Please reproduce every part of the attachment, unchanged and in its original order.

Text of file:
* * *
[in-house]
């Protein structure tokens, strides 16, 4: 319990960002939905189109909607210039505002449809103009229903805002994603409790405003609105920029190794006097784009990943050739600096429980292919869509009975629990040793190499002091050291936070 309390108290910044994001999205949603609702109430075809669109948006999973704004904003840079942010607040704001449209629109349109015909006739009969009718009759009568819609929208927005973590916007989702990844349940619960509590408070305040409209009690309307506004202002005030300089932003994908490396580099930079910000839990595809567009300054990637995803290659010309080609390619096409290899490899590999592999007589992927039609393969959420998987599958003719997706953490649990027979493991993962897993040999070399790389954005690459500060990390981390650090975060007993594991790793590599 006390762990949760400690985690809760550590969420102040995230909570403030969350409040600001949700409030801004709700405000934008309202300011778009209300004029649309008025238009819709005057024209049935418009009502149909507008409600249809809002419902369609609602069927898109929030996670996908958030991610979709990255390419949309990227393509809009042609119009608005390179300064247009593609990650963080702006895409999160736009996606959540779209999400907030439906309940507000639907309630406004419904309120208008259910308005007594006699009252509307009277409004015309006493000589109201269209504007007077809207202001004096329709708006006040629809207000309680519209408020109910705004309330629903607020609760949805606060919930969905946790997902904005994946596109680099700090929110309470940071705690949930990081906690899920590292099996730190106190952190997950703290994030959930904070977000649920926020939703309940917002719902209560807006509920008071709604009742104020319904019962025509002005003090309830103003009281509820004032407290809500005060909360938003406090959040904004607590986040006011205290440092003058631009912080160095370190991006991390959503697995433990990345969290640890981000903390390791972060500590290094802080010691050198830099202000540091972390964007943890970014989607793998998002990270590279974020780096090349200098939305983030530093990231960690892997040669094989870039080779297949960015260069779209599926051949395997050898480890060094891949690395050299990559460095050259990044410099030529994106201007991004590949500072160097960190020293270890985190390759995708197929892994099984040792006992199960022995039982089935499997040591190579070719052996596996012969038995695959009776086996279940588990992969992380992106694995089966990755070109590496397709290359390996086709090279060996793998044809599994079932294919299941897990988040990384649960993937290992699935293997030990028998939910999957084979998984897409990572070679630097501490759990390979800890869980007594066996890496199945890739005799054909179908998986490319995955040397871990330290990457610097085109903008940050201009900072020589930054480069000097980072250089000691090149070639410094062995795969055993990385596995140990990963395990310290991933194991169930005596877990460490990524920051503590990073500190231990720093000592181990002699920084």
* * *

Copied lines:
[in-house]
């Protein structure tokens, strides 16, 4: 319990960002939905189109909607210039505002449809103009229903805002994603409790405003609105920029190794006097784009990943050739600096429980292919869509009975629990040793190499002091050291936070 309390108290910044994001999205949603609702109430075809669109948006999973704004904003840079942010607040704001449209629109349109015909006739009969009718009759009568819609929208927005973590916007989702990844349940619960509590408070305040409209009690309307506004202002005030300089932003994908490396580099930079910000839990595809567009300054990637995803290659010309080609390619096409290899490899590999592999007589992927039609393969959420998987599958003719997706953490649990027979493991993962897993040999070399790389954005690459500060990390981390650090975060007993594991790793590599 006390762990949760400690985690809760550590969420102040995230909570403030969350409040600001949700409030801004709700405000934008309202300011778009209300004029649309008025238009819709005057024209049935418009009502149909507008409600249809809002419902369609609602069927898109929030996670996908958030991610979709990255390419949309990227393509809009042609119009608005390179300064247009593609990650963080702006895409999160736009996606959540779209999400907030439906309940507000639907309630406004419904309120208008259910308005007594006699009252509307009277409004015309006493000589109201269209504007007077809207202001004096329709708006006040629809207000309680519209408020109910705004309330629903607020609760949805606060919930969905946790997902904005994946596109680099700090929110309470940071705690949930990081906690899920590292099996730190106190952190997950703290994030959930904070977000649920926020939703309940917002719902209560807006509920008071709604009742104020319904019962025509002005003090309830103003009281509820004032407290809500005060909360938003406090959040904004607590986040006011205290440092003058631009912080160095370190991006991390959503697995433990990345969290640890981000903390390791972060500590290094802080010691050198830099202000540091972390964007943890970014989607793998998002990270590279974020780096090349200098939305983030530093990231960690892997040669094989870039080779297949960015260069779209599926051949395997050898480890060094891949690395050299990559460095050259990044410099030529994106201007991004590949500072160097960190020293270890985190390759995708197929892994099984040792006992199960022995039982089935499997040591190579070719052996596996012969038995695959009776086996279940588990992969992380992106694995089966990755070109590496397709290359390996086709090279060996793998044809599994079932294919299941897990988040990384649960993937290992699935293997030990028998939910999957084979998984897409990572070679630097501490759990390979800890869980007594066996890496199945890739005799054909179908998986490319995955040397871990330290990457610097085109903008940050201009900072020589930054480069000097980072250089000691090149070639410094062995795969055993990385596995140990990963395990310290991933194991169930005596877990460490990524920051503590990073500190231990720093000592181990002699920084």